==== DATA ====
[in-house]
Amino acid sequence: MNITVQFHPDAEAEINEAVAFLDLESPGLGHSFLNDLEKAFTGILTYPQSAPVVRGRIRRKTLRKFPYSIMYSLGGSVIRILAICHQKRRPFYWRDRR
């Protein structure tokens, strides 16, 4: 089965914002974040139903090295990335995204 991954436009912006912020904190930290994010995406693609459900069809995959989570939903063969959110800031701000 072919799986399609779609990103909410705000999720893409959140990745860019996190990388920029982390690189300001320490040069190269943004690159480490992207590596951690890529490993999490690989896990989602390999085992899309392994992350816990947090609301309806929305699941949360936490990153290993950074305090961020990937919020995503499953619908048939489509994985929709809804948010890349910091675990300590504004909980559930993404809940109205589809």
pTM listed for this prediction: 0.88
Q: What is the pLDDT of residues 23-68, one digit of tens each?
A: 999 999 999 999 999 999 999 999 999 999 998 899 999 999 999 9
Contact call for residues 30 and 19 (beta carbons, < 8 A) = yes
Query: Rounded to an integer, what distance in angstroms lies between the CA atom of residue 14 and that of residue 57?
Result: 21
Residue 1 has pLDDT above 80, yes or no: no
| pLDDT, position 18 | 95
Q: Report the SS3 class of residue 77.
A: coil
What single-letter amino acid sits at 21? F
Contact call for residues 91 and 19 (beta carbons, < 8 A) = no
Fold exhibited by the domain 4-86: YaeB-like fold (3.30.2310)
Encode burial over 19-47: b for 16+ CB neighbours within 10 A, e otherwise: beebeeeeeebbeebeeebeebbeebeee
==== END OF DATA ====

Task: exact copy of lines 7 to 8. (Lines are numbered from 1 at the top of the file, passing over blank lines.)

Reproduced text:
Contact call for residues 30 and 19 (beta carbons, < 8 A) = yes
Query: Rounded to an integer, what distance in angstroms lies between the CA atom of residue 14 and that of residue 57?